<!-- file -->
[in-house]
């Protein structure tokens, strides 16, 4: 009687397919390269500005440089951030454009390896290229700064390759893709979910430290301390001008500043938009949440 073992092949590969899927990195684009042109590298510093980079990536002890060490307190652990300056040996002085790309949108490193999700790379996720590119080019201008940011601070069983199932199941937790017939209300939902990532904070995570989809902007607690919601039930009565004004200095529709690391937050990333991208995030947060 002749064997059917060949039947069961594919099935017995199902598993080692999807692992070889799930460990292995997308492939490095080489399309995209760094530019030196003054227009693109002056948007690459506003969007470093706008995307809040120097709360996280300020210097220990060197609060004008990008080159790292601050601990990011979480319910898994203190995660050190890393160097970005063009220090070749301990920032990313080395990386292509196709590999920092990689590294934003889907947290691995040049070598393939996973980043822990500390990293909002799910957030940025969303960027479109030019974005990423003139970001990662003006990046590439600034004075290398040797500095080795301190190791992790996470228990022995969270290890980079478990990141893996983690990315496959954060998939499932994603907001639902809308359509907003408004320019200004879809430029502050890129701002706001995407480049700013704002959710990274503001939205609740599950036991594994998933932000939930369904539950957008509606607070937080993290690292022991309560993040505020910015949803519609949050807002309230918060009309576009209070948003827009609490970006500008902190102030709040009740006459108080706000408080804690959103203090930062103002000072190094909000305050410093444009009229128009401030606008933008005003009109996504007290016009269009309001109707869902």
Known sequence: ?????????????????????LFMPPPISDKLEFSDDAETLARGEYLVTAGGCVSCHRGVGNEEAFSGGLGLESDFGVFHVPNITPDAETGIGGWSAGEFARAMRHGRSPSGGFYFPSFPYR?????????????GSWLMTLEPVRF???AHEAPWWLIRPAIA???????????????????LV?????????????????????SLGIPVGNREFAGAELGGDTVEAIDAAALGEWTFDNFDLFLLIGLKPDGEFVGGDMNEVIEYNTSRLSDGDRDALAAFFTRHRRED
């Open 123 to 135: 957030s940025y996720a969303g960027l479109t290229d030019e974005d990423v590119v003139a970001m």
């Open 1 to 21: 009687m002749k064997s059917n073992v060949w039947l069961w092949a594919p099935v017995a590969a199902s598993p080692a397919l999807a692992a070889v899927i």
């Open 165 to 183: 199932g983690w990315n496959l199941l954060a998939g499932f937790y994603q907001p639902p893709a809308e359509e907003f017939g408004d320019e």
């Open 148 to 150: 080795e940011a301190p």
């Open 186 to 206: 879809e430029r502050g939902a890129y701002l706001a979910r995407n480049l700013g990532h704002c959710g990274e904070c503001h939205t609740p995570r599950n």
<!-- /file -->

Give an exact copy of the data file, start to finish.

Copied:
[in-house]
């Protein structure tokens, strides 16, 4: 009687397919390269500005440089951030454009390896290229700064390759893709979910430290301390001008500043938009949440 073992092949590969899927990195684009042109590298510093980079990536002890060490307190652990300056040996002085790309949108490193999700790379996720590119080019201008940011601070069983199932199941937790017939209300939902990532904070995570989809902007607690919601039930009565004004200095529709690391937050990333991208995030947060 002749064997059917060949039947069961594919099935017995199902598993080692999807692992070889799930460990292995997308492939490095080489399309995209760094530019030196003054227009693109002056948007690459506003969007470093706008995307809040120097709360996280300020210097220990060197609060004008990008080159790292601050601990990011979480319910898994203190995660050190890393160097970005063009220090070749301990920032990313080395990386292509196709590999920092990689590294934003889907947290691995040049070598393939996973980043822990500390990293909002799910957030940025969303960027479109030019974005990423003139970001990662003006990046590439600034004075290398040797500095080795301190190791992790996470228990022995969270290890980079478990990141893996983690990315496959954060998939499932994603907001639902809308359509907003408004320019200004879809430029502050890129701002706001995407480049700013704002959710990274503001939205609740599950036991594994998933932000939930369904539950957008509606607070937080993290690292022991309560993040505020910015949803519609949050807002309230918060009309576009209070948003827009609490970006500008902190102030709040009740006459108080706000408080804690959103203090930062103002000072190094909000305050410093444009009229128009401030606008933008005003009109996504007290016009269009309001109707869902």
Known sequence: ?????????????????????LFMPPPISDKLEFSDDAETLARGEYLVTAGGCVSCHRGVGNEEAFSGGLGLESDFGVFHVPNITPDAETGIGGWSAGEFARAMRHGRSPSGGFYFPSFPYR?????????????GSWLMTLEPVRF???AHEAPWWLIRPAIA???????????????????LV?????????????????????SLGIPVGNREFAGAELGGDTVEAIDAAALGEWTFDNFDLFLLIGLKPDGEFVGGDMNEVIEYNTSRLSDGDRDALAAFFTRHRRED
């Open 123 to 135: 957030s940025y996720a969303g960027l479109t290229d030019e974005d990423v590119v003139a970001m």
């Open 1 to 21: 009687m002749k064997s059917n073992v060949w039947l069961w092949a594919p099935v017995a590969a199902s598993p080692a397919l999807a692992a070889v899927i």
């Open 165 to 183: 199932g983690w990315n496959l199941l954060a998939g499932f937790y994603q907001p639902p893709a809308e359509e907003f017939g408004d320019e």
């Open 148 to 150: 080795e940011a301190p």
């Open 186 to 206: 879809e430029r502050g939902a890129y701002l706001a979910r995407n480049l700013g990532h704002c959710g990274e904070c503001h939205t609740p995570r599950n």